This role does not need any access to the availabilityStatus or the deployments. I'll go ahead and delete those. They will need access to subscription, resourceGroups, and read. They do not need access to the storageAccounts, but they do need to be able to read those storageAccounts. I'm going to go ahead and modify the one line. I'm going to delete the other. Before I go on, I can see I've got a little bit of an error here. I've got a rogue comma, so we'll get rid of that.
There we are. That looks a little better. So my Storage is at a read. My Support I'm going to leave the same. I'd like this role to be able to start and restart our virtual machines. Therefore, I'm going to add in those resources. I'm basically going to duplicate that same line again, clean these up a tad.
There we go. We'll clean that up, for all the coders in the group are going, "Oh, those are off." And I can tell I have a couple of errors here. I have a couple of missing commas. And you'll notice I do not require a comma after our last line. Next, we have to provide the assignable scopes. I want this role to be available in my pay-as-you-go subscription but not the other ones. So I'm going to go ahead and add that in. I'm going to come under subscriptions, and I'm going to add my subscription ID.
I'm copying and pasting it for ease of use. Our final step before saving is to actually change the name of this role. Right now, we have Virtual Machine Contributor. I'm going to call this Virtual Machine Operator. I'm going to save this in the exercise files with a different name. That way, those of you who like to use the exercise files can compare the two files. Go to File, Save As, and we'll call this vmoperator, and I click Save, and we should be good to go.
I'm going to go ahead and minimize our Visual Studio window. I'm going to pop back into PowerShell. And our next step is to import this custom role. To do so, we are going to use the command New-AzureRmRoleDefinition. We'll provide the input file. And I'm selecting the new JSON file we just created.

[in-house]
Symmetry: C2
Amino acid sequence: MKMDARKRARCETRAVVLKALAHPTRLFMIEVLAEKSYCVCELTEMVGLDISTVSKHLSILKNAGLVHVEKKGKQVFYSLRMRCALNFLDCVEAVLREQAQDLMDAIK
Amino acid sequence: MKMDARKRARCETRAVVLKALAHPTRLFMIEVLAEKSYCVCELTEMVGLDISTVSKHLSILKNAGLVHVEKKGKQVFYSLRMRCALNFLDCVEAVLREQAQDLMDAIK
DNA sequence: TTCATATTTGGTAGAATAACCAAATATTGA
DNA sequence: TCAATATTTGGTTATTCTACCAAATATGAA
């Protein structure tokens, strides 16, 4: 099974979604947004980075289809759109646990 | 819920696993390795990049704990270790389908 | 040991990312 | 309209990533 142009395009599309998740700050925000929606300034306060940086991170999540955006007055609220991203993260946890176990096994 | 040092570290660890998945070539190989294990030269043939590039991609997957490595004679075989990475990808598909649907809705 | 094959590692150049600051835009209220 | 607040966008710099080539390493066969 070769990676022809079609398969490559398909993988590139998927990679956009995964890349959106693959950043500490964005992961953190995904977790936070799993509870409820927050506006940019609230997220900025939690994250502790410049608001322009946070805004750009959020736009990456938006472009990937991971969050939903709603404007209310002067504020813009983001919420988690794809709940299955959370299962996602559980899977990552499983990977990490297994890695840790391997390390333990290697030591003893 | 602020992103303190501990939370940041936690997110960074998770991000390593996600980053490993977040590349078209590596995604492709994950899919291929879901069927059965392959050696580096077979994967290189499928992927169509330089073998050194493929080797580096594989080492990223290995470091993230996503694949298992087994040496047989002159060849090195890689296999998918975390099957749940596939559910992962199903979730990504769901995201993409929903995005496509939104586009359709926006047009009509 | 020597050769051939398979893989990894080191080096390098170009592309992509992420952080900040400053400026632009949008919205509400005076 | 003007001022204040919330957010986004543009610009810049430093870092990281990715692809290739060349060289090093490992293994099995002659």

I can go ahead and run that command. And we can see that we now have our Virtual Machine Operator. The description is still the same. In hindsight, you'll want to modify your description to best describe the new role parameters. And this custom role is only available in my pay-as-you-go subscription. Let's pop back in Azure and take a look at that. Now that we're back in Azure, let's go ahead and open up the Subscriptions blade.
And we'll take a look at the pay-as-you-go subscription. And in the Access Control blade, and finally Select Roles. And be forewarned, it could take a few minutes before you see the custom role pop in here. I need to actually scroll down because it starts with a V. And you can see here that we now have the Virtual Machine Operator. If we take a look at the permissions that this role has, we can see that it has partial permissions for Authorization, Compute, Monitoring, Network, Resources, Storage, everything that we configured within that JSON file.
I can drill down a little bit more. We can see we have read rights to everything within Microsoft Compute. But within Virtual Machines, we have some other actions. And that would be the start and restart actions that we defined in that JSON file. Custom roles allow for a granularity you may not get from the built-in roles. As you build out your custom roles, I would highly recommend that you test them to make sure that you haven't allowed for more permission or too little permission for those custom roles.
- Implementing Azure Resource Manager templates
- Creating a template from a deployment
- Deploying a template using the portal
- Deploying a template using PowerShell
- Using Azure Quickstart Templates
- Using service principals
- Locking Azure resources
- Securing Azure subscriptions
- Azure active directory roles
- Designing custom RBAC roles